Questar CEO Says Energy Bill Needs Dose of 'Reality, Not Wishful Thinking'
The United States may have a natural gas supply "problem" on the horizon, but the biggest dilemma now is how consumers will reconcile their growing demand for gas with their environmental beliefs, Questar Corp. CEO Keith O. Rattie said Wednesday.
Rattie, keynote speaker for Platts Natural Gas Outlook 2005 conference in Houston, told attendees that America's "quality of life" depends on energy, "but our energy policy disdains the things we have to do to have it." He noted that offshore drilling is banned in areas of California and Florida, and "we don't like coal, we don't like nuclear power...no one wants pipes on the beach."
Consumer and environmental groups criticize all of the energy options available, but Rattie said the opposition to natural gas is "particularly puzzling." And even though environmentalists have "rolled out the red carpet for alternative energy," in the "real world, alternative energy is not economic today, and it won't be economic for the next few decades."
In any case, he said, Congress has to pass an energy policy that will, among other things, open access to more offshore and onshore areas now banned from drilling. Without more access, "I'll tell you, I don't know of anyone who thinks we'll get to 30 Tcf with the current policy."
With the 109th Congress now underway, Rattie urged legislators to completely rewrite the energy bill that failed to pass the last session and become more educated on the problems ahead. "The energy bill in the last Congress had something for everyone but supply," he said. "We need to have a bill rooted in reality, not wishful thinking."
The "realities" that need to be addressed, he said, should note that the country does not have the resources to "blacklist" any type of energy, nor are there any near-term alternatives to oil and gas. The bill should also address the fact that U.S. gas needs are growing. "While we're not running out of natural gas, we've hit the wall on adding 2% a year. We must come to grips with the need to grow areas for drilling." Increased liquefied natural gas (LNG) imports also are important, but "they may not be a panacea."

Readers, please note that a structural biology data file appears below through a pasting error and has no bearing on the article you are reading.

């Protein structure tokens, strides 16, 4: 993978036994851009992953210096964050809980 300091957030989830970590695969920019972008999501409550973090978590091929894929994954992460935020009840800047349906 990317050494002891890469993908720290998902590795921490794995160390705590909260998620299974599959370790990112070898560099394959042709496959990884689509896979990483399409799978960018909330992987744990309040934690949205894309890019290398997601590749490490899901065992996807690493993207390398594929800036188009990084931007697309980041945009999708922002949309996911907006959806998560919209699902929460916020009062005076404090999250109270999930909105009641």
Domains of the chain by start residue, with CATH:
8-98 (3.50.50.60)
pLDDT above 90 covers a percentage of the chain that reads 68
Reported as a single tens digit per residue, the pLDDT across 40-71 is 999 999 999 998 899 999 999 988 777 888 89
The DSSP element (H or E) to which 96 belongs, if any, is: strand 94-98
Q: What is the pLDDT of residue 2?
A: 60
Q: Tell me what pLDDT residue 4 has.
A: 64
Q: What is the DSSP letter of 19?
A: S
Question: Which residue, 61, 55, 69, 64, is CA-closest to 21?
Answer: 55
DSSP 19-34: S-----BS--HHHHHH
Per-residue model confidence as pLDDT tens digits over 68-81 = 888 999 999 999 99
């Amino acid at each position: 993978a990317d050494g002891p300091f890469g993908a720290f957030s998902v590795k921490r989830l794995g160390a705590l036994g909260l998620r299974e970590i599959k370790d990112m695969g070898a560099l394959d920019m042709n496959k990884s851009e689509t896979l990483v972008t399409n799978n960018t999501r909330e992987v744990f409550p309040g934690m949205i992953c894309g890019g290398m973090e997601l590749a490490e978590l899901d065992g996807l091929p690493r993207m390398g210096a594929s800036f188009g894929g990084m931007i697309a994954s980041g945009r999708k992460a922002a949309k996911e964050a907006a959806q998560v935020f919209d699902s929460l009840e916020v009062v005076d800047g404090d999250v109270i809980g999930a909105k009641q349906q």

Rattie suggested that the new energy bill rest on four "pillars." First, he said, is to let the markets work. "The good news is, the markets are working for new pipelines, LNG, the huge conservation response...more renewables."
The second pillar, and the most difficult, he acknowledged, is to reform the National Environmental Policy Act (NEPA). "The process today is in desperate need of adult supervision. NEPA abuse is the biggest impediment...the folks in the trenches, in the Rockies, know that the words 'conduct another study' takes days, weeks, months, years. Common sense has given way to CYA," which leads to "delay, delay, delay."
Another pillar, which faces "intense opposition and a fight to keep the public in the dark" is for Congress to order a thorough assessment of the natural gas reserve base offshore and onshore. Finally, Rattie advocated expedited approval of new gas infrastructure, including pipelines and LNG terminals, and reaffirmation of the Federal Energy Regulatory Commission as the "lead" agency.
"Let's hope Congress is serious this time" in implementing an energy policy, he said. "They will have to act as if the future depends on it...because it does."